HealthDay News – Analysis of observational data derived from the Women’s Health Initiative (WHI) revealed that adherence to a Mediterranean diet was associated with reduced risk of hip fracture in postmenopausal women, according to a study published in JAMA Internal Medicine.

Bernhard Haring, MD, MPH, from the University of Würzburg in Germany, and colleagues conducted a post-hoc analysis of longitudinal data from 90,014 postmenopausal women included in the WHI study. 

Nutrient and food intake at baseline was derived from the WHI food frequency questionnaire. Diet quality and adherence were assessed based on scores on the alternate Mediterranean Diet (aMED) index; the Healthy Eating Index 2010 (HEI-2010); the Alternate Healthy Eating Index 2010 (AHEI-2010); or the Dietary Approaches to Stop Hypertension (DASH) score.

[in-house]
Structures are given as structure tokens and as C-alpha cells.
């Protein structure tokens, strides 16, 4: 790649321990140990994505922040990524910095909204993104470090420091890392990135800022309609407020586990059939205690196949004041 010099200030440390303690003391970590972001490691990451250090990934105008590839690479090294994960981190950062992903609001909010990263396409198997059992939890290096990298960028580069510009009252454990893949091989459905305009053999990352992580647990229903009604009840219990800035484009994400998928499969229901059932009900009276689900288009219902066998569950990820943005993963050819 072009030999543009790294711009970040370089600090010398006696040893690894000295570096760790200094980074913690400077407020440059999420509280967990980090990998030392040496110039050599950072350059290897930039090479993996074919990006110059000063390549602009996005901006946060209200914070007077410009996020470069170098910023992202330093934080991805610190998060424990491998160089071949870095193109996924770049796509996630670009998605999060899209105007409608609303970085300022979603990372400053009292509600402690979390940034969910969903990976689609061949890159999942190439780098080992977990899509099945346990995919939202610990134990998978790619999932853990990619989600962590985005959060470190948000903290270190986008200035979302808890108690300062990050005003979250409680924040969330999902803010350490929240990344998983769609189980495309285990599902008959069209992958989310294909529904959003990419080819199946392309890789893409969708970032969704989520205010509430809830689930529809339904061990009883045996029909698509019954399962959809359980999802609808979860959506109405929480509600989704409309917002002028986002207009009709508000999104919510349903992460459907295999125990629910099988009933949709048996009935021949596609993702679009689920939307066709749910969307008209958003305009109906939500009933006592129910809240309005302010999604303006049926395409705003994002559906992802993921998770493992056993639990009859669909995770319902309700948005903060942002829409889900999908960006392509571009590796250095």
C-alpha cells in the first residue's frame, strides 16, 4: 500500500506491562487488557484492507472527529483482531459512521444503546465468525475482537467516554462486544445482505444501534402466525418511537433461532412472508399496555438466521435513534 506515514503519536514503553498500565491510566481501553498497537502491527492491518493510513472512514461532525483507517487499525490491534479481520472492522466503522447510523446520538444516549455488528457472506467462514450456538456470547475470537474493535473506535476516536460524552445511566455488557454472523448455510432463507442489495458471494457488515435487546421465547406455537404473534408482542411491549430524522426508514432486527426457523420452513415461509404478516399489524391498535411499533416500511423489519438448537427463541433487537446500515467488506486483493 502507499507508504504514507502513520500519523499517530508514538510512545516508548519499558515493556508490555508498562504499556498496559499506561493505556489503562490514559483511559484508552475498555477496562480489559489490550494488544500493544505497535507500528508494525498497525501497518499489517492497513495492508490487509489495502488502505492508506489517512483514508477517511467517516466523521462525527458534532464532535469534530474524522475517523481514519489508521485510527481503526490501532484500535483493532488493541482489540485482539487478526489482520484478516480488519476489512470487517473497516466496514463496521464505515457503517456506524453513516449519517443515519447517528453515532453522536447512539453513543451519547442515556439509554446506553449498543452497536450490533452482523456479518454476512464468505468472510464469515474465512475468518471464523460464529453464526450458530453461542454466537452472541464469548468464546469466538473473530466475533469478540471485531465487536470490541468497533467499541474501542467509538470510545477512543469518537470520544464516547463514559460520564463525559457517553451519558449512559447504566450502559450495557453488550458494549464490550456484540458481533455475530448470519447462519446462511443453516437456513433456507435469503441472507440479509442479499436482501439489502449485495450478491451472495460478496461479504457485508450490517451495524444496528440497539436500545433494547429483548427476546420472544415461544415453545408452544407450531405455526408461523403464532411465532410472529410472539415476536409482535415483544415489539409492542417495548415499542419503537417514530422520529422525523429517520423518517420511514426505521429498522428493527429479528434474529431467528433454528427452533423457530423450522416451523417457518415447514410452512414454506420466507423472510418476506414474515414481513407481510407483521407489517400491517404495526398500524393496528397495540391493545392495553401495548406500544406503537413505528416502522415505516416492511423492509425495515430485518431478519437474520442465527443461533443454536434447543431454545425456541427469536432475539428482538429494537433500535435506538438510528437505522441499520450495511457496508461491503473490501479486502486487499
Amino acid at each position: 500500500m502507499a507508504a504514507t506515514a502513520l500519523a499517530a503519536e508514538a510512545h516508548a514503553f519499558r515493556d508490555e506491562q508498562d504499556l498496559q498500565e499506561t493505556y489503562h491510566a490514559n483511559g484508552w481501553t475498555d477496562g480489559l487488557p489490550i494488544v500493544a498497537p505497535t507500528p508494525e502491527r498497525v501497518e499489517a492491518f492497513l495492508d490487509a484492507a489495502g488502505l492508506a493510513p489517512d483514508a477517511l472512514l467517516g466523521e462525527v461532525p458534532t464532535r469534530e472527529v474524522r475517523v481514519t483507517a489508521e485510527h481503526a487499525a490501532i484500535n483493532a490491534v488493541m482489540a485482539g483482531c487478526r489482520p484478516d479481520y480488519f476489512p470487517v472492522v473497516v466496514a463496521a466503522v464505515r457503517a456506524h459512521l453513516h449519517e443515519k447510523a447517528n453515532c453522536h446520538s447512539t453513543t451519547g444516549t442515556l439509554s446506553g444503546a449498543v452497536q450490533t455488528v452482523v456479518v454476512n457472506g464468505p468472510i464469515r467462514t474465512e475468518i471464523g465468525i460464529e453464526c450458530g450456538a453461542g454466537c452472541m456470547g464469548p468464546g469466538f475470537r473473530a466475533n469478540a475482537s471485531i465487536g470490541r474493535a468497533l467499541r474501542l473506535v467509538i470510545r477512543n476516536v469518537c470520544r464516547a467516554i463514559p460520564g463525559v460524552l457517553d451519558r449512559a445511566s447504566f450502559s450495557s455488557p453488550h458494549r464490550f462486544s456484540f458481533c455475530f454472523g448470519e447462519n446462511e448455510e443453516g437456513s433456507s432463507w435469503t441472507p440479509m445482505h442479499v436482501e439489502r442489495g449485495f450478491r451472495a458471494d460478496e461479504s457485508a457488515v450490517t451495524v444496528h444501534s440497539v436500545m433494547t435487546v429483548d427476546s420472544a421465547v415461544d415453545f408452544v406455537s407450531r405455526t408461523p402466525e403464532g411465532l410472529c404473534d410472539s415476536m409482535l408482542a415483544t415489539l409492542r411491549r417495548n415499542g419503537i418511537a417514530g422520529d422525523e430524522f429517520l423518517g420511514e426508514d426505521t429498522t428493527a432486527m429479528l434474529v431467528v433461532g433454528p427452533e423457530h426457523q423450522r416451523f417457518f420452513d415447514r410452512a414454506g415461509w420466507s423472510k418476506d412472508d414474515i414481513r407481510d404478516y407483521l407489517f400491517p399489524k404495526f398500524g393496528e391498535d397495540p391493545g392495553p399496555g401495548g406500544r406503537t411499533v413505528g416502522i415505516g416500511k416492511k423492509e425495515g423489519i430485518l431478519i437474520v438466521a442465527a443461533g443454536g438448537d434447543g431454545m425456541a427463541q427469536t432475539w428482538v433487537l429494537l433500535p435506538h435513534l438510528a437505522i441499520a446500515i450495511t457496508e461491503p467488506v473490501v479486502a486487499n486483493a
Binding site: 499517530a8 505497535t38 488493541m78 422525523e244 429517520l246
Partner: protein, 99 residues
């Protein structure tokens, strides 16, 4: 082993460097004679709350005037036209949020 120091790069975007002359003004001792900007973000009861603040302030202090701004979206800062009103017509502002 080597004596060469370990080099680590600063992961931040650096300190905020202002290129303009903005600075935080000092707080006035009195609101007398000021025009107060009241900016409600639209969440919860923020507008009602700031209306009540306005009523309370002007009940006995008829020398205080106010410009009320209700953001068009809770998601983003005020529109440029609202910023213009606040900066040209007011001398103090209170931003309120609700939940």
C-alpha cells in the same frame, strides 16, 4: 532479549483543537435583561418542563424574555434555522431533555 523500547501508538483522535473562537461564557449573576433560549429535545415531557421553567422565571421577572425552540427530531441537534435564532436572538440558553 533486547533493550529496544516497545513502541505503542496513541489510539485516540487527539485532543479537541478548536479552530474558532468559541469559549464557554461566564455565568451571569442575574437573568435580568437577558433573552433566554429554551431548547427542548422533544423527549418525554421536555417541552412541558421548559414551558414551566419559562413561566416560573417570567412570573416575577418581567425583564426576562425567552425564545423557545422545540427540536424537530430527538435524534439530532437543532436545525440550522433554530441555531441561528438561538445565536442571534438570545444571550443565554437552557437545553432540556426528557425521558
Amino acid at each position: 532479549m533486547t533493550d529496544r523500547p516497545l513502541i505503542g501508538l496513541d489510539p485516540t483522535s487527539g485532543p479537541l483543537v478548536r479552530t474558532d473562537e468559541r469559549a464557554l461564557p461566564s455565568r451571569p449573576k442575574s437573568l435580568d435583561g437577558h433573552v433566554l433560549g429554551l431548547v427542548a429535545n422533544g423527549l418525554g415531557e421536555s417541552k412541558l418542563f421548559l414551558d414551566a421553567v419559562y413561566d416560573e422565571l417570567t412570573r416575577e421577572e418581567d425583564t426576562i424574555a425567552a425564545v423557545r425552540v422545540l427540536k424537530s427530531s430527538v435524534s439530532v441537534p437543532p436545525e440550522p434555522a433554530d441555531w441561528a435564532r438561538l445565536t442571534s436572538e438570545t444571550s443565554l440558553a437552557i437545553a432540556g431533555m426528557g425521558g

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The researchers identified 2,121 cases of hip fracture and 28,718 cases of all-cause total fractures during a median follow-up of 15.9 years. The risk of hip fracture was lower for women scoring in the highest quintile of the aMED (hazard ratio, 0.80) with an absolute risk reduction of 0.29% and a number needed to treat of 342. 

There was no correlation between aMED score and total fractures. HEI-2010 and DASH scores were inversely linked to the risk of hip fracture, but the results were not statistically significant. There was no correlation for AHEI-2010 with hip or total fractures.

Summary and Clinical Applicability

A Mediterranean diet was associated with a lower risk of hip fracture in postmenopausal women.

“These results support that a healthy dietary pattern may play a role in maintaining bone health in postmenopausal women,” the authors concluded.

Reference

Willett WC. Mediterranean Diet and Fracture Risk. JAMA Intern Med. Published online ahead of print March 28, 2016. doi:10.1001/jamainternmed.2016.0494